Kesha wept as a New York Supreme Court judge denied an injunction Friday that would have allowed her to make music outside her six-album contract with Dr. Luke's Kemosabe Records, a Sony subsidiary, until the lawsuits and countersuits between the singer and producer are decided.
Fans clogged the sidewalk outside the courthouse bearing signs that read #FreeKesha. Supporters say Kesha should not be forced to collaborate with a man she says drugged and raped her years ago, and berated her until she developed an eating disorder, for which she entered rehab in January 2014.
Dr. Luke (Lukasz Gottwald) has vigorously denied the allegations, calling them an extortion attempt by an artist unhappy with her career trajectory, and countersued Kesha, her mother and manager for defamation and breach of contract.
Big name singers Lady Gaga, Kelly Clarkson and Janelle Monae expressed their sadness at Kesha's situation on Twitter after Friday's ruling. Clarkson, who has worked with Dr. Luke, shared a tweet from the band Best Coast calling the ruling "bull****": "Trying 2 not say anything since I can't say anything nice about a person... so this is me not talking about Dr. Luke," she wrote.
"There are people all over the world who love you @KeshaRose. And I can say truly I am in awe of your bravery," said Lady Gaga.
As the suits wind their way through the courts, Kesha's music career has stalled. Her attorney, Mark Geragos, argued Friday that she should be allowed to make a living in the meantime, asking for the preliminary injunction that would let her work with producers other than Dr. Luke.
New York Supreme Court Justice Shirley Kornreich denied the injunction.
"You're asking the court to decimate a contract that was heavily negotiated and typical for the industry," Kornreich told Geragos, according to The Hollywood Reporter.
Dr. Luke's attorneys argued that the producer had agreed to allow Kesha to record without him, which "decimates your argument," Kornreich told Geragos.
According to a suit filed by Dr. Luke, Kesha's 2005 contract specified that she would provide her exclusive recording services to his company for a period of time, which could be extended through the release of her sixth album. Dr. Luke would also provide production services for at least six recordings on each Kesha album.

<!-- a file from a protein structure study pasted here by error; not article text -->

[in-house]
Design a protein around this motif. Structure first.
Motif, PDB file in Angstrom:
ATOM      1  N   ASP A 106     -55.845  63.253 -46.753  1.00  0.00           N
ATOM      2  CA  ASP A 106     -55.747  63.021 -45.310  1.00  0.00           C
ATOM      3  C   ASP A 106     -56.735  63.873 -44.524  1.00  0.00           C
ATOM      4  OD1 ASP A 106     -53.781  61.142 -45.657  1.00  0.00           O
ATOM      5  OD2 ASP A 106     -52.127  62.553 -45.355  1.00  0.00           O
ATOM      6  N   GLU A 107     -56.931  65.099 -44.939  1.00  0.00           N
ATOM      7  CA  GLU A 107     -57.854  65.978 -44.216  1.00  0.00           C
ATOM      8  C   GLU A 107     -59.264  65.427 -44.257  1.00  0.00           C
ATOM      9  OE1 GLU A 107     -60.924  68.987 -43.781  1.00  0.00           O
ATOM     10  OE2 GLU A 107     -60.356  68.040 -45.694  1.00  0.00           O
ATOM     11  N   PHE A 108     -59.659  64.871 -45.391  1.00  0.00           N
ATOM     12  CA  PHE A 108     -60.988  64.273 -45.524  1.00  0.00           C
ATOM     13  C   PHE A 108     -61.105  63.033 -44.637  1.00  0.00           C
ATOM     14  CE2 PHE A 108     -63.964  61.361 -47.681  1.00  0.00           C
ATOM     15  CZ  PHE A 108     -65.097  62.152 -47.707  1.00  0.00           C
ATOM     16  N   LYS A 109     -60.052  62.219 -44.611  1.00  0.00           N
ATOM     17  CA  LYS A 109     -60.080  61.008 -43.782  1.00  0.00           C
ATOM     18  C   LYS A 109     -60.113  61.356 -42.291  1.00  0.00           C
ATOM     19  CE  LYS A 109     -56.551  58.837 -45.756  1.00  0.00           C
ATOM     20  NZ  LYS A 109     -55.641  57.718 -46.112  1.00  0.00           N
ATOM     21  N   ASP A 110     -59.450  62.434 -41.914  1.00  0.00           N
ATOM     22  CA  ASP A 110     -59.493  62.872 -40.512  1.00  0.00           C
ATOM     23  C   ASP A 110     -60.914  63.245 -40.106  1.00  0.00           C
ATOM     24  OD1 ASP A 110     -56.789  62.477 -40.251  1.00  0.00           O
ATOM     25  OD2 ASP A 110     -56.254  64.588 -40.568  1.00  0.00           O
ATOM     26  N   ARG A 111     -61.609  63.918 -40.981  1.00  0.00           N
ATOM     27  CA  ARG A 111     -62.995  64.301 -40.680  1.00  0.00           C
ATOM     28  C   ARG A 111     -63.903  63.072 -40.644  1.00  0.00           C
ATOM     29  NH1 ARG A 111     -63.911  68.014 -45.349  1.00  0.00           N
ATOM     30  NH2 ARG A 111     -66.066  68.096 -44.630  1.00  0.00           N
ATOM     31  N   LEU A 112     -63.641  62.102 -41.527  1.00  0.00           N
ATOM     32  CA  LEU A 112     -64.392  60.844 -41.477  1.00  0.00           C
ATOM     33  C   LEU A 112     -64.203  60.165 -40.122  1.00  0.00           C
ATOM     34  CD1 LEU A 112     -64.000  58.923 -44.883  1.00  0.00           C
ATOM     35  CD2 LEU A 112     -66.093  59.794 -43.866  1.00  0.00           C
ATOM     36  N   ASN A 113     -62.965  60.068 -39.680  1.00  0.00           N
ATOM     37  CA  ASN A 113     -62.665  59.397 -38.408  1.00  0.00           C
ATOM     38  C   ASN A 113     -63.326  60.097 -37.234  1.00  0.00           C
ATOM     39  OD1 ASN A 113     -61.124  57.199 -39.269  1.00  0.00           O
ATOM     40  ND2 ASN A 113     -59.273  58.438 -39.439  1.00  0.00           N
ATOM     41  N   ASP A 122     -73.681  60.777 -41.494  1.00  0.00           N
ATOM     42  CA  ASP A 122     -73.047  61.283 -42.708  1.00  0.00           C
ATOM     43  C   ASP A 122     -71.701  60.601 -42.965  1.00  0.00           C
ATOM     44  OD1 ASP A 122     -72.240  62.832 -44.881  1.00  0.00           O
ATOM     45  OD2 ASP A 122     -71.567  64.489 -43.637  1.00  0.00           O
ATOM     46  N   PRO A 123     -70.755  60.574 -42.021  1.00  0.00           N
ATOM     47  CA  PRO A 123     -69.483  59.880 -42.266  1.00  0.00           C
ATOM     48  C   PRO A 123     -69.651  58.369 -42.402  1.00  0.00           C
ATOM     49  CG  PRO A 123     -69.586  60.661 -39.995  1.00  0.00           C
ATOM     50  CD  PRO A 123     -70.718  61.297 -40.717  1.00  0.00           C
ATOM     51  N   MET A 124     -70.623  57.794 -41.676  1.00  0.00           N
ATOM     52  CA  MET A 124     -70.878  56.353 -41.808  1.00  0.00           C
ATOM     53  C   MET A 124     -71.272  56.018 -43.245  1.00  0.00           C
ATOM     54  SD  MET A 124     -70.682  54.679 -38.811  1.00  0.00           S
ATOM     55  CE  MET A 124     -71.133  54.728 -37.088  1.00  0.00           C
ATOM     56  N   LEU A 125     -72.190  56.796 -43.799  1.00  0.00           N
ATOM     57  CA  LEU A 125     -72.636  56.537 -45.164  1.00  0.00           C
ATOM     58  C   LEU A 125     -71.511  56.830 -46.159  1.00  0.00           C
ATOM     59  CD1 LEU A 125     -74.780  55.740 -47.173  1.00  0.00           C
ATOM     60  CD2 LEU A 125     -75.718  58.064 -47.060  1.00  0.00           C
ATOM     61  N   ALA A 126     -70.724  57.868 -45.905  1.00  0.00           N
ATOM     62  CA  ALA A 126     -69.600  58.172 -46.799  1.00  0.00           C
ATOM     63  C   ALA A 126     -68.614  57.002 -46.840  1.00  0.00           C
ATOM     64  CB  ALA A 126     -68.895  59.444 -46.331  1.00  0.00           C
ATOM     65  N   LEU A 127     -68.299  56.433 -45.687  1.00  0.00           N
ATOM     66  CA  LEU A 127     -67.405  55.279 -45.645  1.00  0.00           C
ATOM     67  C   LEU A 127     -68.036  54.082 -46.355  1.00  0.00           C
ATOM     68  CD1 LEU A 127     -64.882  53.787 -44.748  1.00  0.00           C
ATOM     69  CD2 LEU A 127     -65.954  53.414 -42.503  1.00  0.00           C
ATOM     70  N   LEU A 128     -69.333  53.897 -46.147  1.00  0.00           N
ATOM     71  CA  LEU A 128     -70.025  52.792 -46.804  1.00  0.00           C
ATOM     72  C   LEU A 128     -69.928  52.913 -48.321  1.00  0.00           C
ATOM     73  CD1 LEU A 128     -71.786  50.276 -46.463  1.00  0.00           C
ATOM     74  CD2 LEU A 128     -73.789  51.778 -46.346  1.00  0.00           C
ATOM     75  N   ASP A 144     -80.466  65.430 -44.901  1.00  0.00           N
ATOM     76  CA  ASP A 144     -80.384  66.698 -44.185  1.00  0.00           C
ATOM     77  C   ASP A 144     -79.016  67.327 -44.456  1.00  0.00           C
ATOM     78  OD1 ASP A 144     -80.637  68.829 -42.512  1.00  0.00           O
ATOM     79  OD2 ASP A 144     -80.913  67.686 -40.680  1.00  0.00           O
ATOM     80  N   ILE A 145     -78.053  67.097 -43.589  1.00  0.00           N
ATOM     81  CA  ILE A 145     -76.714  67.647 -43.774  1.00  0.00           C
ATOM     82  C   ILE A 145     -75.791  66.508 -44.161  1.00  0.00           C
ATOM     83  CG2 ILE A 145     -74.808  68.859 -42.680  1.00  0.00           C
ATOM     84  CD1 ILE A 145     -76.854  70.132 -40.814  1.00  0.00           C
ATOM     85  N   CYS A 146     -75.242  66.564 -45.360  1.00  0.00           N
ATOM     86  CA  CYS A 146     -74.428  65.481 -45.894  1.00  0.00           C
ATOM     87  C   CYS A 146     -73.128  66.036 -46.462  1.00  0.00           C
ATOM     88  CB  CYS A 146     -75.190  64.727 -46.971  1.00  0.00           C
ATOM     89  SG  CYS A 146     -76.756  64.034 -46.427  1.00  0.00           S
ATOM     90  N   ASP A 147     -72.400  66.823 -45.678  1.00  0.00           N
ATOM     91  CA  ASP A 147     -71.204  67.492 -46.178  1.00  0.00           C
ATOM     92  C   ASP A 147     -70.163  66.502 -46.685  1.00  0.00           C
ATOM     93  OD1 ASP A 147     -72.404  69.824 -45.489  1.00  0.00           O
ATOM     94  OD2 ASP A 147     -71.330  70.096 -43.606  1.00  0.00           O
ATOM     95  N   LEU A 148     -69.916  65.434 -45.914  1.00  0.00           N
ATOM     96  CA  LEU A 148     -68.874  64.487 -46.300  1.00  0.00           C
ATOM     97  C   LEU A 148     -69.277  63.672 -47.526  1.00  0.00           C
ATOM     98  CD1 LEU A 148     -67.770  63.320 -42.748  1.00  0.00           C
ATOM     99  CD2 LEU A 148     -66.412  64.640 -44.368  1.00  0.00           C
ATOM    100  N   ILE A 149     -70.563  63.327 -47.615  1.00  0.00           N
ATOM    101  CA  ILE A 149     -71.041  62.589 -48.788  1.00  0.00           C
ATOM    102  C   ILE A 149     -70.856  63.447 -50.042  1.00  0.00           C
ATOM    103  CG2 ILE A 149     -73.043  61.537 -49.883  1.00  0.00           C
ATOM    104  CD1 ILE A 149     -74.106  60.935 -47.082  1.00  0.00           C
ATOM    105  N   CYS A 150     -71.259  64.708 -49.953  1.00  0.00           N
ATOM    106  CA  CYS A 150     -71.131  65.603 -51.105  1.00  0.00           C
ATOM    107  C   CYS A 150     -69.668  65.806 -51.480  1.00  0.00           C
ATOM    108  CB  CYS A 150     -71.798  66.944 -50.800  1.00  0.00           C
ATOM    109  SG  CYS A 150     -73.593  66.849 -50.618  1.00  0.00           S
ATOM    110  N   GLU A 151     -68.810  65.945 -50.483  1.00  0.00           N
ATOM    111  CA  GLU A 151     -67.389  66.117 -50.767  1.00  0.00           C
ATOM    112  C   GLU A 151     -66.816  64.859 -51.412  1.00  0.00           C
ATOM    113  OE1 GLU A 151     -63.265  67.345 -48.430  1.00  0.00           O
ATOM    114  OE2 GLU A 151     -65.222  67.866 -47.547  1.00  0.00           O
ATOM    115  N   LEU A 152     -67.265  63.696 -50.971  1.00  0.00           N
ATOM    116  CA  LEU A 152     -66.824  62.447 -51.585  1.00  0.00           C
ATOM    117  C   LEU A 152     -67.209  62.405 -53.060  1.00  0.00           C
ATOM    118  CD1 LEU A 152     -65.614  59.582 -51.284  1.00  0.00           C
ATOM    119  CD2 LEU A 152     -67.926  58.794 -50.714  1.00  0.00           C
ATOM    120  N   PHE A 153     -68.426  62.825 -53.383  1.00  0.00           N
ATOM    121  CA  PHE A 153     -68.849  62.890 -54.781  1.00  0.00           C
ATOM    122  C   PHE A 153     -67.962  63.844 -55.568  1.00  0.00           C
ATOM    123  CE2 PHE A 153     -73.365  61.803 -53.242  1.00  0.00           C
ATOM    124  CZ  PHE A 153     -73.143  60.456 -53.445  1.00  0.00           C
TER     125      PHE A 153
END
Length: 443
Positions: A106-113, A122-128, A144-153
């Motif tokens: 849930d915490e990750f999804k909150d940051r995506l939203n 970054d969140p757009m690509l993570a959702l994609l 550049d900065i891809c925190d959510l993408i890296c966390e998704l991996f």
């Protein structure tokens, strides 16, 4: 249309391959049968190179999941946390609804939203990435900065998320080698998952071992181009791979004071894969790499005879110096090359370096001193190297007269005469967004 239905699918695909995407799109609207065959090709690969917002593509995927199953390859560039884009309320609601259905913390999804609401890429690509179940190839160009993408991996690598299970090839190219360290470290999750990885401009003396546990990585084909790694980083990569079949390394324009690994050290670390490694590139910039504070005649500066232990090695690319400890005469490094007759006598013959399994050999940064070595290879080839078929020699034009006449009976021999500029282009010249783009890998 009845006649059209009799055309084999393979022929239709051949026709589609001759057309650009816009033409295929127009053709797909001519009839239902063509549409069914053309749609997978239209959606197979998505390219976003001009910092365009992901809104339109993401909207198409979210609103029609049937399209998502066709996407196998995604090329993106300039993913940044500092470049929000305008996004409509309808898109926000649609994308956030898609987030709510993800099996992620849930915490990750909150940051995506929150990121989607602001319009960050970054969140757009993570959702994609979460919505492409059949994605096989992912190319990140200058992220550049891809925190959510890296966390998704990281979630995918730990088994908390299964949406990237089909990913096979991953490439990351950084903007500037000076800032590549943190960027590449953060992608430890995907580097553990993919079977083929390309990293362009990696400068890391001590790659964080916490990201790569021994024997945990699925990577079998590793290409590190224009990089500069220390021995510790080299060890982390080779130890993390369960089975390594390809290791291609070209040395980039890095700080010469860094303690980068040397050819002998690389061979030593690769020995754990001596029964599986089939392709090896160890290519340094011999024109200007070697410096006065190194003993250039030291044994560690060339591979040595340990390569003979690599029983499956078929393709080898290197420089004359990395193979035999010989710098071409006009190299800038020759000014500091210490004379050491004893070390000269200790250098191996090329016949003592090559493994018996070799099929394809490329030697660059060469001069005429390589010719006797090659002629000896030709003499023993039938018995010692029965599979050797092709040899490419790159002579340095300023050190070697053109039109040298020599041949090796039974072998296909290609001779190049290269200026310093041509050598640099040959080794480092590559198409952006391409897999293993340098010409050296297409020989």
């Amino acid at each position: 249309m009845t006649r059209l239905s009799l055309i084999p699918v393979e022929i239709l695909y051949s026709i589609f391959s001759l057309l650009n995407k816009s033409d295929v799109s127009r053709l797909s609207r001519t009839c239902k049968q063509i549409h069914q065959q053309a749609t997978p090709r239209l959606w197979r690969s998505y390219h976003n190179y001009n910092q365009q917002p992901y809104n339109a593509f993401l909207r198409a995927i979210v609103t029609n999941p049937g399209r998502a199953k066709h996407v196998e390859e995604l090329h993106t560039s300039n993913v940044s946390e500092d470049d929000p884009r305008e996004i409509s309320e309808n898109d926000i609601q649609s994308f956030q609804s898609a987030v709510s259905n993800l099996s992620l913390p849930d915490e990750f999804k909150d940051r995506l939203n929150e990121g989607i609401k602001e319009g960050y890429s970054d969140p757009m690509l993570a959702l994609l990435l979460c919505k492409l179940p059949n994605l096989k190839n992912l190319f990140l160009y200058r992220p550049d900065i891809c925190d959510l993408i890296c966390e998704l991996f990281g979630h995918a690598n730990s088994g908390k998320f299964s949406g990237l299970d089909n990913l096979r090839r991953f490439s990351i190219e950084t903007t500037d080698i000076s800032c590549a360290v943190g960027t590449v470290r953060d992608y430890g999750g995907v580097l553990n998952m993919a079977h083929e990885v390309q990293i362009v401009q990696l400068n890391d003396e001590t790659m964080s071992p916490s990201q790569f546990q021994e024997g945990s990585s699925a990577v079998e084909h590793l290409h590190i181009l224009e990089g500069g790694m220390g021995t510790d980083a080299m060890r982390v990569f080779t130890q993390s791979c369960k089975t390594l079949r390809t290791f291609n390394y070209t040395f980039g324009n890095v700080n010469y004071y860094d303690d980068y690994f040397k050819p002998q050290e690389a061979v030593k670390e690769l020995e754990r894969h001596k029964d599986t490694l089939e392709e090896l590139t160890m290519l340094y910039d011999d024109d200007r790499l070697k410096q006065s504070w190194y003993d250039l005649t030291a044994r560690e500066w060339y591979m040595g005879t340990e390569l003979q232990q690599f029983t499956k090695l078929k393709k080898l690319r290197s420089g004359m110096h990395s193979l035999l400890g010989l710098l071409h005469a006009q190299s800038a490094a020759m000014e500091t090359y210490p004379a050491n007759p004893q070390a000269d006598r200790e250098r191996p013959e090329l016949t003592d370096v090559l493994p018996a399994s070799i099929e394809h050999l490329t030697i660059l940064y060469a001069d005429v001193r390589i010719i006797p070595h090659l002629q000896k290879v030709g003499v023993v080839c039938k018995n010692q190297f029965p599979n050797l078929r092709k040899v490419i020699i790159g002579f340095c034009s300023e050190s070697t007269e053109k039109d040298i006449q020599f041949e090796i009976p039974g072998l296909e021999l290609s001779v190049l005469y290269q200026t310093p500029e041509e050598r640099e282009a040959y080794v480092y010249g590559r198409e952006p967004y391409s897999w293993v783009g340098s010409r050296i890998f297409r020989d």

Kesha's camp countered that Dr. Luke's willingness to allow her the freedom to record with other producers under the Sony umbrella is an "elusive promise," according to The Hollywood Reporter. Her attorney has said
was filed because Dr. Luke had refused to release her from her obligation to work directly with his label.
Kesha, whose full name is Kesha Rose Sebert, alleged in a suit filed in Los Angeles in 2014 that Dr. Luke, a powerful figure in pop music, convinced her to move away from her family in Nashville at 18 to pursue a glamorous career as a pop star in 2005.
"Dr. Luke abused Ms. Sebert in order to destroy her self-confidence, self-image, and self-worth so that he could maintain complete control over her life and career," the suit alleges.
Kesha says in the suit that she developed bulimia after Dr. Luke regularly disparaged her weight, calling her a "fat f****** refrigerator."
The sexual abuse claims stem in part from an alleged incident in which Kesha says Dr. Luke gave her pills she later found out were a "date rape drug" and raped her while she was unconscious. The singer says she woke up nude in the producer's hotel room, and phoned her mother to tell her she'd been raped and need to go to the emergency room.
The civil lawsuit claims that Dr. Luke told Kesha if she reveled the abusive incidents, he would destroy her and her family's lives.
Dr. Luke insists the abuse never happened and that Kesha was convinced by new management to break their exclusive contract by threatening to ruin his reputation.